Introduction: Chiari malformation (CM) is a frequent finding in multisutural and syndromic craniosynostosis, occurring in 70% of patients with Crouzon's syndrome, 75% with oxycephaly, 50% with Pfeiffer's syndrome and 100% with the Kleeblattschädel deformity. The pathogenesis of this condition and rationale for treatment are still controversial.
Discussion: Since its first description in 1972, several factors have been cited to play a role in inducing CM. In the light of recent publications, the roles of premature fusion of cranial vault and cranial base sutures, of congenital anomalies of the cerebellum and brain stem, of raised intracranial pressure, of venous hypertension and of hydrocephalus are reviewed. Evaluation and management of CM are also discussed.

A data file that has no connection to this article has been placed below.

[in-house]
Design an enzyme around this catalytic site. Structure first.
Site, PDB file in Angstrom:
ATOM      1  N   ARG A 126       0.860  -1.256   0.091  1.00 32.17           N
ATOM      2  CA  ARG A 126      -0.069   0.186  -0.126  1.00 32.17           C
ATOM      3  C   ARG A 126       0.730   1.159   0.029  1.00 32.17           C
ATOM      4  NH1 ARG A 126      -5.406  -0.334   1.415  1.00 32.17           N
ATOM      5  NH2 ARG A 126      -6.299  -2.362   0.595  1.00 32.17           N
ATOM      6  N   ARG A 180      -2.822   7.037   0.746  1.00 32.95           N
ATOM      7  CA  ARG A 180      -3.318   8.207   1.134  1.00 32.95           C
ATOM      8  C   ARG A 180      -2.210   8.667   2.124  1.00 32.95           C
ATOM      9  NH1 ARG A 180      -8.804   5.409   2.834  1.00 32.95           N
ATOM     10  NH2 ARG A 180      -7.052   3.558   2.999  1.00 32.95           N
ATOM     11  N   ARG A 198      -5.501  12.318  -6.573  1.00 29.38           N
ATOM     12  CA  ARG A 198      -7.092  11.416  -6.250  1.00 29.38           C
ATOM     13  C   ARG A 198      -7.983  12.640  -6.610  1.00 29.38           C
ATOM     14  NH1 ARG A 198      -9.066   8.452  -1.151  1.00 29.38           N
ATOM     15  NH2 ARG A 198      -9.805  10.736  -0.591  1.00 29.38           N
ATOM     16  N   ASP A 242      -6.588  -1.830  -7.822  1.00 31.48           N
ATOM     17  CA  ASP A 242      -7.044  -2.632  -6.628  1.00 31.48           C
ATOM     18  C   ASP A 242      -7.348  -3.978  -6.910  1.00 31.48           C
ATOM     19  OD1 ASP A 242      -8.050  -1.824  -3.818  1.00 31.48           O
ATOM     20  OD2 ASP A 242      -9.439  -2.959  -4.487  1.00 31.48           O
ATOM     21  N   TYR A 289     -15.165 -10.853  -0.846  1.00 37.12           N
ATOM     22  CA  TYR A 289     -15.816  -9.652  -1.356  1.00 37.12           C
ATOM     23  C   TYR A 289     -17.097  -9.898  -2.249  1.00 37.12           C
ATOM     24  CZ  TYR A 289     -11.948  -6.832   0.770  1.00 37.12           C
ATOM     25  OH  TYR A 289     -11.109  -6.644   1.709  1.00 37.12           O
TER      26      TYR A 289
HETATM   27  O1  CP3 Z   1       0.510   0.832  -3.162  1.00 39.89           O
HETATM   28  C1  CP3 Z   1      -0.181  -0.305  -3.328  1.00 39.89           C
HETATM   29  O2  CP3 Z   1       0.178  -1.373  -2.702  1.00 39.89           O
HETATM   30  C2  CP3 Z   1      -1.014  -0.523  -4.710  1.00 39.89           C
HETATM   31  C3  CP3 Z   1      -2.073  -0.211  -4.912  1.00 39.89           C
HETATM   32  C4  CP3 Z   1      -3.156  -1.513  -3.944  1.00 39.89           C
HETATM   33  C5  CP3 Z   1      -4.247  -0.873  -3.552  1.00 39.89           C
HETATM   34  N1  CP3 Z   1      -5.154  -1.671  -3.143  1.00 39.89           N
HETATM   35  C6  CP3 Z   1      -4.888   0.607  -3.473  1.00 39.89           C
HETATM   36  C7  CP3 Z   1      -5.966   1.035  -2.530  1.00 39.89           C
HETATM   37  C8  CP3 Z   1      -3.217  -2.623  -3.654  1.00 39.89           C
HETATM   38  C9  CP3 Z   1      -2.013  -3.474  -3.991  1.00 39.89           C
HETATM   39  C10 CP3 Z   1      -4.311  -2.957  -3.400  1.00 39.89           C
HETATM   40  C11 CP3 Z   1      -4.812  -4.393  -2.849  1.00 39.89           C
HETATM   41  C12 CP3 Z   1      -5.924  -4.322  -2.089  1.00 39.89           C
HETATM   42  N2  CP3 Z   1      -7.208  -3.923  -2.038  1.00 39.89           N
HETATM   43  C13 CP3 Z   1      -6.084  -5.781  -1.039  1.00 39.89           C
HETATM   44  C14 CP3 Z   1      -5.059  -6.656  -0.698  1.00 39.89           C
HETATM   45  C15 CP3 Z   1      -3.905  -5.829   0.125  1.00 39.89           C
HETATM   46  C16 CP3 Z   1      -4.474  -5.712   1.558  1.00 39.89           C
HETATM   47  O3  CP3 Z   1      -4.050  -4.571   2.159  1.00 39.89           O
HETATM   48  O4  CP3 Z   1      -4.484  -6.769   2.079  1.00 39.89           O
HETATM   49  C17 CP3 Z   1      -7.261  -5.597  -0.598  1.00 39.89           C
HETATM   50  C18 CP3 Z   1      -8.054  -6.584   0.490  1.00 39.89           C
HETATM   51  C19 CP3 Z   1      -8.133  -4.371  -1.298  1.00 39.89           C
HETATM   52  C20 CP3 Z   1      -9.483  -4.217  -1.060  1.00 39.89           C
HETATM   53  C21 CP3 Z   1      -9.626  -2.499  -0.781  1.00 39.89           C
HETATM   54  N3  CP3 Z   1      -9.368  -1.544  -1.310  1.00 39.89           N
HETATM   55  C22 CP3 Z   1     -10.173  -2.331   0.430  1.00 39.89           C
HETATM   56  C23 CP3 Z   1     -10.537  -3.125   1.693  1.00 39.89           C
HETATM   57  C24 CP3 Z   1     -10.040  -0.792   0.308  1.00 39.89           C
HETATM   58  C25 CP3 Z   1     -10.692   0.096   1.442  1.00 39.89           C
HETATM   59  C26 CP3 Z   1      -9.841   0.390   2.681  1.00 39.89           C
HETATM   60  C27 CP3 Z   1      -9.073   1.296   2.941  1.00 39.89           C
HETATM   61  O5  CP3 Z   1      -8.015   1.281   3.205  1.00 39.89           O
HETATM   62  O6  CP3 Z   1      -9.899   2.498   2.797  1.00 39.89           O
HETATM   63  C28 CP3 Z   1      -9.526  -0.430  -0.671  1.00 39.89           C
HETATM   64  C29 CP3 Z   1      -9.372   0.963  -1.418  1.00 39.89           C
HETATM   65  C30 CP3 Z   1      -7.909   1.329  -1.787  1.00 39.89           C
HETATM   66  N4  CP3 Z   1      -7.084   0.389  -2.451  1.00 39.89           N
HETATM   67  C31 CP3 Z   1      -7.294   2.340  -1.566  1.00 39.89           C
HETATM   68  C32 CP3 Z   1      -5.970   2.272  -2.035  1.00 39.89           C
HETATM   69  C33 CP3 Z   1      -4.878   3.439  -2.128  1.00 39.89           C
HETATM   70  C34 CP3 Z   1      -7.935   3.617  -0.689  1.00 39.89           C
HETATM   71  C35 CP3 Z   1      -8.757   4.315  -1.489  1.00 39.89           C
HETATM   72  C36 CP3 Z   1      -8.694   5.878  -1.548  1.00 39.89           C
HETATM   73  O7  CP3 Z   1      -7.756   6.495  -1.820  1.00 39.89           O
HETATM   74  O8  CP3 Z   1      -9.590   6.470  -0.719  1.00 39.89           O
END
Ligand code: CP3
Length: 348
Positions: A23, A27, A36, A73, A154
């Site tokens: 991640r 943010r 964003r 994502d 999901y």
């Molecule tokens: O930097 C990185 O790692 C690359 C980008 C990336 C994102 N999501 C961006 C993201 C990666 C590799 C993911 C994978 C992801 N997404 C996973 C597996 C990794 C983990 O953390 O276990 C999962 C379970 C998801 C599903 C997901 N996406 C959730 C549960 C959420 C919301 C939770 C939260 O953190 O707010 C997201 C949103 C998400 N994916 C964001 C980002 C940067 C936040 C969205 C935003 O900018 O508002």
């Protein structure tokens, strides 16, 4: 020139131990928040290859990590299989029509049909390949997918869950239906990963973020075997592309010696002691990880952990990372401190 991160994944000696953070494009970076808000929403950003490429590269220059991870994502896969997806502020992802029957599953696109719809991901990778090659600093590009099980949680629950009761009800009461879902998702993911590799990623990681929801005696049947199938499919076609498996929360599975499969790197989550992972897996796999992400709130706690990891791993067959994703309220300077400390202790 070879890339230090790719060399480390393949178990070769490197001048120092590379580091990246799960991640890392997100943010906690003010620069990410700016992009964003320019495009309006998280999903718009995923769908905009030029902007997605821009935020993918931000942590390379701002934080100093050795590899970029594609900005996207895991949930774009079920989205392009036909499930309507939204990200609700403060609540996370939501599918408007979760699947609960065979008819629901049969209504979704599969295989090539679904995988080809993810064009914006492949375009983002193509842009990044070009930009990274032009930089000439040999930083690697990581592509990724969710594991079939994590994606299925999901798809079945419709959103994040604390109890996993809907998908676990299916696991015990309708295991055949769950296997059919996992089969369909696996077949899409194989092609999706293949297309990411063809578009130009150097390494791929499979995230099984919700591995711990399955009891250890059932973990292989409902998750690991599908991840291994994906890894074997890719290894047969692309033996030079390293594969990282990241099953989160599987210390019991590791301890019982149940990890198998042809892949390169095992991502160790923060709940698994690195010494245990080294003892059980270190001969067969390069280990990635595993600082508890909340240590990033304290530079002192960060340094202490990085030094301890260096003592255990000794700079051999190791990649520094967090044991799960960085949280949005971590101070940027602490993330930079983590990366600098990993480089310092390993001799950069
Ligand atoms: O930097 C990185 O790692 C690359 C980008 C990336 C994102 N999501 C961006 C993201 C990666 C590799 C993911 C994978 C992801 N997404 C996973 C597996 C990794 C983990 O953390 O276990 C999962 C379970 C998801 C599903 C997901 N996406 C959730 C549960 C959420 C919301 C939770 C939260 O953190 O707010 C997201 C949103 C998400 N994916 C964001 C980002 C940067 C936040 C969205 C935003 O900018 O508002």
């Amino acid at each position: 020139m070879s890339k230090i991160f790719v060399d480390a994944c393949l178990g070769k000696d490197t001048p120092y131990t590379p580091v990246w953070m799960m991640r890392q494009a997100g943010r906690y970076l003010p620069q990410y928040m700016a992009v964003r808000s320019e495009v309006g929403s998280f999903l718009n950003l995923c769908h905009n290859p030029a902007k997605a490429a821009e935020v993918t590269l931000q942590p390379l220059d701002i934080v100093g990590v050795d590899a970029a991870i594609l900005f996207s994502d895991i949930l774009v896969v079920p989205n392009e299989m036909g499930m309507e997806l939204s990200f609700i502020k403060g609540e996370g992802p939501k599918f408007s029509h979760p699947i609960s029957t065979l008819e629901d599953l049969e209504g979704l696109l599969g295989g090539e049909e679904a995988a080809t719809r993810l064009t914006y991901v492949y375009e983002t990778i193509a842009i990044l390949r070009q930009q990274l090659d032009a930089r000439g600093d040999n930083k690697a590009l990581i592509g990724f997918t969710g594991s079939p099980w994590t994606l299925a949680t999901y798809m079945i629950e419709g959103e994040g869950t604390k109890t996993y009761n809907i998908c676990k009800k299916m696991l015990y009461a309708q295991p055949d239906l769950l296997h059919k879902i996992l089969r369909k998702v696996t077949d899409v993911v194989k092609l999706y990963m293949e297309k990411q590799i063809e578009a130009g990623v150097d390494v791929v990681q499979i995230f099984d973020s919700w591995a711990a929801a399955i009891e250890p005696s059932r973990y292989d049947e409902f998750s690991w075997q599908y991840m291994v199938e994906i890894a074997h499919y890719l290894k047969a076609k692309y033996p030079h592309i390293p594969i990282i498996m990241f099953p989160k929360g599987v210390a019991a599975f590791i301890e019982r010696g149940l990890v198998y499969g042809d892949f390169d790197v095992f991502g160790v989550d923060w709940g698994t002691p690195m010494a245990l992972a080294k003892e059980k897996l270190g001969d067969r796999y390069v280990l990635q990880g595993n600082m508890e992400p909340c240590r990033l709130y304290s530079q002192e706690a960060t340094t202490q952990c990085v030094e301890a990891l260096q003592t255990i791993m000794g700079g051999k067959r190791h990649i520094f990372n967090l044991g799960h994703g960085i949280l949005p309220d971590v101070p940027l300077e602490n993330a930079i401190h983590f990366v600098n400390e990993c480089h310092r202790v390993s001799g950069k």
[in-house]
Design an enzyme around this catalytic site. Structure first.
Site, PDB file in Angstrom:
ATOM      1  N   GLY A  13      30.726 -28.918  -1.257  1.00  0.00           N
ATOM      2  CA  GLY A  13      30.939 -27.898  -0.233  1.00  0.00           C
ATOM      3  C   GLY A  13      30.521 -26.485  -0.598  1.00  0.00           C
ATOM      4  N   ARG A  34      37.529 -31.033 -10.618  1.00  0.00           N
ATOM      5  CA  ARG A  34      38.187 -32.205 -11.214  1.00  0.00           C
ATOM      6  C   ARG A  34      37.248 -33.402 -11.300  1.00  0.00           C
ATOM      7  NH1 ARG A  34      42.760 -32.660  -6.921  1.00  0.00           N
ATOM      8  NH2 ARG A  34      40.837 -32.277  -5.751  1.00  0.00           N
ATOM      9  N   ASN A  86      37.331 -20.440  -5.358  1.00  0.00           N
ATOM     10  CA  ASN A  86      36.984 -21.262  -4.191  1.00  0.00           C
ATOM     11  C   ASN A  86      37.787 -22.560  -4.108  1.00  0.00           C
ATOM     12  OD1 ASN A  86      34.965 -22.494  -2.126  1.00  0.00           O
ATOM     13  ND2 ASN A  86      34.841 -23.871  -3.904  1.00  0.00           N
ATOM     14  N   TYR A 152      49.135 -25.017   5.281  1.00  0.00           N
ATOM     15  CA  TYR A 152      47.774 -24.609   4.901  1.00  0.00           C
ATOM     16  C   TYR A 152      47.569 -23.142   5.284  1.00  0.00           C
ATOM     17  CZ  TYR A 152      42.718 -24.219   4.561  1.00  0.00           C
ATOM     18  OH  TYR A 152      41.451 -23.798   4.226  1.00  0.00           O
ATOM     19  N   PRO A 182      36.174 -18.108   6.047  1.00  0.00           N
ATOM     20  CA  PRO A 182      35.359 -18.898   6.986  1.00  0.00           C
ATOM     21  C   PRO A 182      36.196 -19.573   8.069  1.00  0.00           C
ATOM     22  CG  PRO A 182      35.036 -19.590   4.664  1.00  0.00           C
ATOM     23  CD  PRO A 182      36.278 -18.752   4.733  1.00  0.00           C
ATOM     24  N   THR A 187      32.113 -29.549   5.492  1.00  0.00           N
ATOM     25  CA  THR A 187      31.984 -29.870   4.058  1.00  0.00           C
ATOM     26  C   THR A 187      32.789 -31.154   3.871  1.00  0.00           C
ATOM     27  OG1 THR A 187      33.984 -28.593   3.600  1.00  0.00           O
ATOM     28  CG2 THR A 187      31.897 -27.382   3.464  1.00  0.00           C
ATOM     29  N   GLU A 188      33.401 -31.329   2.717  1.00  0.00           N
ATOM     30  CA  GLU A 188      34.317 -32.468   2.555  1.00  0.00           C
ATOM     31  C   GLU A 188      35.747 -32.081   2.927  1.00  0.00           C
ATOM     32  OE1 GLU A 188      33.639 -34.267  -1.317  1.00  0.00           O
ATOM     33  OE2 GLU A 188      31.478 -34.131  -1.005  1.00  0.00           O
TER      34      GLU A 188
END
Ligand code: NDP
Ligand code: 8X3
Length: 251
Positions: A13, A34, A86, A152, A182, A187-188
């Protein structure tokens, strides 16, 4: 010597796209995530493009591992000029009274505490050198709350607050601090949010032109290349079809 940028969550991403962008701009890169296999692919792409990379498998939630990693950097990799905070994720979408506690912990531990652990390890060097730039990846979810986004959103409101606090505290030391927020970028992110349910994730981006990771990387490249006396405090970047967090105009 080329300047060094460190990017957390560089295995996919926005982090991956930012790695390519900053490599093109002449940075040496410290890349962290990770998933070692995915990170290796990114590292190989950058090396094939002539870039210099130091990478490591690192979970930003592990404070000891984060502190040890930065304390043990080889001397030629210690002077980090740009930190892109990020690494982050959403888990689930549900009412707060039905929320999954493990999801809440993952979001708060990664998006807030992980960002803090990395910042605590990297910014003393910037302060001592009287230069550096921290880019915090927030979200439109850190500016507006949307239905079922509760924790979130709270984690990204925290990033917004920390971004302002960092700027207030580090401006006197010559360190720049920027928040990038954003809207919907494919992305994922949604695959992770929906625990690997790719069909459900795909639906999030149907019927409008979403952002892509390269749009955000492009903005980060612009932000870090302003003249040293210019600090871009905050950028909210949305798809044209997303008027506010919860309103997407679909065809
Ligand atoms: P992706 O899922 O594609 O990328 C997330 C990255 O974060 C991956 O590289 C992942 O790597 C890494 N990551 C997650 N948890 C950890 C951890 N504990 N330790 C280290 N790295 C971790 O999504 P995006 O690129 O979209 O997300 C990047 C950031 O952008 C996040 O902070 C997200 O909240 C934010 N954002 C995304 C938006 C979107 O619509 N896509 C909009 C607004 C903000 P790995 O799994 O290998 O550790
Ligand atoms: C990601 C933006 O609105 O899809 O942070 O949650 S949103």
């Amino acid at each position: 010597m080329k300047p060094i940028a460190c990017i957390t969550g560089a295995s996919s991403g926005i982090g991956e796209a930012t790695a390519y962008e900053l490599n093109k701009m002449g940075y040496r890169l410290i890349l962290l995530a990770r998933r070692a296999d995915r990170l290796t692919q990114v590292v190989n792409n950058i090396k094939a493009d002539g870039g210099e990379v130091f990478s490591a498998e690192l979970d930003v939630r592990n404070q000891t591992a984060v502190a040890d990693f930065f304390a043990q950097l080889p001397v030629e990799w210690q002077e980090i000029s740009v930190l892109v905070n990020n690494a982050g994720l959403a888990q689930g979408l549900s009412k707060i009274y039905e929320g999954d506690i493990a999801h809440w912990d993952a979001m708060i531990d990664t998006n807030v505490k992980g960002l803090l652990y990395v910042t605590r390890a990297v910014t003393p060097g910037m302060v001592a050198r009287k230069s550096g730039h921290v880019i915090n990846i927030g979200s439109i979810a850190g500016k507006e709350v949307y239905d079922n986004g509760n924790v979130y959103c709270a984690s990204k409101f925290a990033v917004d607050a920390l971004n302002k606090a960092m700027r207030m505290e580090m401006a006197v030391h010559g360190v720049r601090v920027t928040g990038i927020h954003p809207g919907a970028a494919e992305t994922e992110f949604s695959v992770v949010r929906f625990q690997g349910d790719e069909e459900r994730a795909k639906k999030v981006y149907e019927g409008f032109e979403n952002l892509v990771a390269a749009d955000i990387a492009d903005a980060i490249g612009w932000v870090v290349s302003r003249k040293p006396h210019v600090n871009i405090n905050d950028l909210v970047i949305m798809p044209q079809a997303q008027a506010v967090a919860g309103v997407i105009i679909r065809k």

Conclusion: Chiari malformation appears to be an acquired and progressive condition that develops in the first months of life, because of a disproportion between hindbrain growth and an abnormally small posterior fossa, a consequence of the premature fusion of lambdoid and cranial base sutures. Venous hypertension caused by stenosis of the jugular foramen can also be present in these patients, resulting in intracranial hypertension and/or hydrocephalus. Careful MRI evaluation is recommended for the forms of craniosynostosis at a high risk of developing hindbrain herniation. The selection of posterior cranial vault expansion as the first surgical procedure is advocated. In selected cases, treatment of the posterior cranial deformity by occipital vault remodelling and treatment of the Chiari-like deformity by suboccipital decompression can be carried out using the same surgical procedure.